Does Violent Secessionism Work?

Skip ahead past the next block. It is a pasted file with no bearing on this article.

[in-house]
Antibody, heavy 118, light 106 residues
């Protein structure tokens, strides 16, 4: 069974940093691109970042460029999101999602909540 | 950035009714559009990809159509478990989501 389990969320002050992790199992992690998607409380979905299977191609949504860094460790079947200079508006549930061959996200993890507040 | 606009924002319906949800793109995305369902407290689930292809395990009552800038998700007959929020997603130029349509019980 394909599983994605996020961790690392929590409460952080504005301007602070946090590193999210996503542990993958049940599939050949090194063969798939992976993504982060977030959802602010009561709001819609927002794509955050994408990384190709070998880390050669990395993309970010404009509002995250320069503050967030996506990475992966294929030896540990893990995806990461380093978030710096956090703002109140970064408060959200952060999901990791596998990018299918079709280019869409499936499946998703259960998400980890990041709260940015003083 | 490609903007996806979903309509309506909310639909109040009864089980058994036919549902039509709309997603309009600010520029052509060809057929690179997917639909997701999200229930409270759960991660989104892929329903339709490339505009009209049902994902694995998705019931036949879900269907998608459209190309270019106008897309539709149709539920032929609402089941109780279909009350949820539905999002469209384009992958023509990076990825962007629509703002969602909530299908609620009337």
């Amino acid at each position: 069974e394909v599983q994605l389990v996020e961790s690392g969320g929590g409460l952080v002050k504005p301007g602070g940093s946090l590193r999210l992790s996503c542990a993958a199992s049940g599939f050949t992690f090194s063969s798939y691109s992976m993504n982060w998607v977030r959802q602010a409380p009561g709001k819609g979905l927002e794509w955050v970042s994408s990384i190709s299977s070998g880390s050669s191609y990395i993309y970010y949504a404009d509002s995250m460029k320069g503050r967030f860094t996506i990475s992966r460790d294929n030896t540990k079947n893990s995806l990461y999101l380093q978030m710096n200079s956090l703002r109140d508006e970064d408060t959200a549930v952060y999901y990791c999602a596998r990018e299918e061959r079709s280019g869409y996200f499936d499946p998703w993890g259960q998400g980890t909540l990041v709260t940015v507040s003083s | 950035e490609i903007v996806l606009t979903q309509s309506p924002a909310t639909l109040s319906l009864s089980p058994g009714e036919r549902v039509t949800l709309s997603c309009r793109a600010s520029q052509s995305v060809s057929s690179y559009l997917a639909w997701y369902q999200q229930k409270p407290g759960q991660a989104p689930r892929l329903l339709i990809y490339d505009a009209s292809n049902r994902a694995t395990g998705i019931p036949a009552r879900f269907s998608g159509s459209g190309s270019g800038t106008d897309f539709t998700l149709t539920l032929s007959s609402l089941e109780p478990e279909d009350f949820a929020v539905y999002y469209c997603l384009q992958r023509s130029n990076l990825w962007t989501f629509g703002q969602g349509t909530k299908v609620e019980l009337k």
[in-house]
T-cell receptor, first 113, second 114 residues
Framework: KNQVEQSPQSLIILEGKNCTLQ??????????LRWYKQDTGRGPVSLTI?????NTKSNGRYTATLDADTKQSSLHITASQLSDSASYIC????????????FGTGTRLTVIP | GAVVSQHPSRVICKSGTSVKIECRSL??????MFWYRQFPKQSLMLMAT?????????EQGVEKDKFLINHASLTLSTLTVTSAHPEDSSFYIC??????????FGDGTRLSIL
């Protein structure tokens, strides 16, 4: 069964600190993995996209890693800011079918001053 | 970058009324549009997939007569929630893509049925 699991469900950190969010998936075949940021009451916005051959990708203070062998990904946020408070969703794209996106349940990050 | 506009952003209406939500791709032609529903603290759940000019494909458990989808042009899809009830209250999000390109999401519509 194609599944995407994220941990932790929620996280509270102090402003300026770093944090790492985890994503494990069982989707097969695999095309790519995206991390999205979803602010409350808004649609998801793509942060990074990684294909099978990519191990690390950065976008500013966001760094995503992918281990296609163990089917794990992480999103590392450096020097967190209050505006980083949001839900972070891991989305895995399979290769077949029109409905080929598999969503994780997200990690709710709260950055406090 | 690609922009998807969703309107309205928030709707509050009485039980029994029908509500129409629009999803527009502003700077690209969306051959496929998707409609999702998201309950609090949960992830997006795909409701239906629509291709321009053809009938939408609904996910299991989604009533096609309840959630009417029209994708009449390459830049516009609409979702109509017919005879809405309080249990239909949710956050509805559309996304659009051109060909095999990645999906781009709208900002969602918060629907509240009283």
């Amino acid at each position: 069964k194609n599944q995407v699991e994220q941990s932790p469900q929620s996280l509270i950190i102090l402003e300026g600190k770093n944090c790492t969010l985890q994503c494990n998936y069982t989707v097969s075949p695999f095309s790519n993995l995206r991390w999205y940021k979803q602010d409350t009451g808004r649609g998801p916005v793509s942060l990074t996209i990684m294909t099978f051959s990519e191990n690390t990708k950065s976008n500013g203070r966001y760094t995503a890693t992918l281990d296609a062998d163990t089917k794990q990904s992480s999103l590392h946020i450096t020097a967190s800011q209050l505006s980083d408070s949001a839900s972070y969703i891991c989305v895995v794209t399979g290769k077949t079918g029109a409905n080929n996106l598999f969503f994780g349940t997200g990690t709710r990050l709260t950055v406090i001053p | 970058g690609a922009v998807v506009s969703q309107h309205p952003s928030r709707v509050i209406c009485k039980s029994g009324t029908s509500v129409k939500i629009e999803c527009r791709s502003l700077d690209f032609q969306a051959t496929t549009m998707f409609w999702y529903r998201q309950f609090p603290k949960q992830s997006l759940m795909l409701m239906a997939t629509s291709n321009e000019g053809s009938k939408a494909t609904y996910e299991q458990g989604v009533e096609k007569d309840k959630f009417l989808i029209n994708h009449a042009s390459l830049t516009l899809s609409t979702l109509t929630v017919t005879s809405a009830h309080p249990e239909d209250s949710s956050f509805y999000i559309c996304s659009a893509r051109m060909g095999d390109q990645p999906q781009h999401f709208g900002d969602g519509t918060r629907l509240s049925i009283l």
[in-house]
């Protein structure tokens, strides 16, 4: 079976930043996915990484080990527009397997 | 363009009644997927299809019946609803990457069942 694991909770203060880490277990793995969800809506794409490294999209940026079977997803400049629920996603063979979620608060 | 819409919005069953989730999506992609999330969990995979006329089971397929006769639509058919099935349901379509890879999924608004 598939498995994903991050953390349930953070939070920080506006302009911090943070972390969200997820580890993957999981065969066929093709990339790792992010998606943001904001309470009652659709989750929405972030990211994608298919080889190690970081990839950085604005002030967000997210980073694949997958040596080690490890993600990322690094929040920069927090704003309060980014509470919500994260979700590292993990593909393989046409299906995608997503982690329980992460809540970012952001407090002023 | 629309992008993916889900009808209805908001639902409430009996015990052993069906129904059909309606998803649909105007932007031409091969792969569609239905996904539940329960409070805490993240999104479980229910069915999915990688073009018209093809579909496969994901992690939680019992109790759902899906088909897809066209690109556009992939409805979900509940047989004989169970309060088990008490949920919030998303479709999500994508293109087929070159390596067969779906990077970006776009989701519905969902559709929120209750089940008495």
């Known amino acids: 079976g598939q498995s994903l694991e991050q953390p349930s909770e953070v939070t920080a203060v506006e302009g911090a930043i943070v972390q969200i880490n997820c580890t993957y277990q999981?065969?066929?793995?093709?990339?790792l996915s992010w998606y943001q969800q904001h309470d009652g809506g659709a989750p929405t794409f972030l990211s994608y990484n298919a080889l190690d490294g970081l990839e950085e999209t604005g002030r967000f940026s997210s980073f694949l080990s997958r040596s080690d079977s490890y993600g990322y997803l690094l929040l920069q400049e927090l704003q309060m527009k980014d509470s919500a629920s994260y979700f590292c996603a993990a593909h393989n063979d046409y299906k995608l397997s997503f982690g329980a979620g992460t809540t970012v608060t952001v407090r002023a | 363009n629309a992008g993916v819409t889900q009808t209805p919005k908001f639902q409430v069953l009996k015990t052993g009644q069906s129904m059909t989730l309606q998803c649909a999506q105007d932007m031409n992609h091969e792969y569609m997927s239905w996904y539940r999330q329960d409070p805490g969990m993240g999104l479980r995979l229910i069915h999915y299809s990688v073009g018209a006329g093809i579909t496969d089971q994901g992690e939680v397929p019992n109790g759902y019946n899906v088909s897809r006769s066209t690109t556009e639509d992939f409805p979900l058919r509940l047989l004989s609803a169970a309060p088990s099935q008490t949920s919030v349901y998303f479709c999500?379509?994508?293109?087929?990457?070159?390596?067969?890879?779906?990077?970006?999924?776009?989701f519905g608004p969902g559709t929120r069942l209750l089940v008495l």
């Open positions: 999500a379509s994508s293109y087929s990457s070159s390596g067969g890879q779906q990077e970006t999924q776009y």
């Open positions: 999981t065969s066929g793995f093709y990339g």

Recent research suggests that nonviolent resistance is generally a more effective means of achieving political goals than violent mobilization, especially where antiregime and antioccupation campaigns are concerned. However, that finding does not extend to secession campaigns, where the strategic use of violence may increase a group´s chance of gaining independence. That violent secessionism may work is an unsettling proposition, one that suggests a dangerous incentive structure where the pursuit of independence is concerned. We critique and extend these claims by arguing that there are strong selection effects in regard to the strategies adopted by secessionists. Not all secessionist movements are the same, and many have legal and/or institutional routes to independence that raise the relative cost of using violence. It is only among groups that lack access to these routes that violence becomes an increasingly attractive strategy. Using original data we define these different categories of secessionist movements and examine their success rates for using nonviolence and violence. We then use information drawn from fieldwork and personal interviews to study the microdynamics of choosing violence in a set of cases where the legal and institutional paths to independence are absent.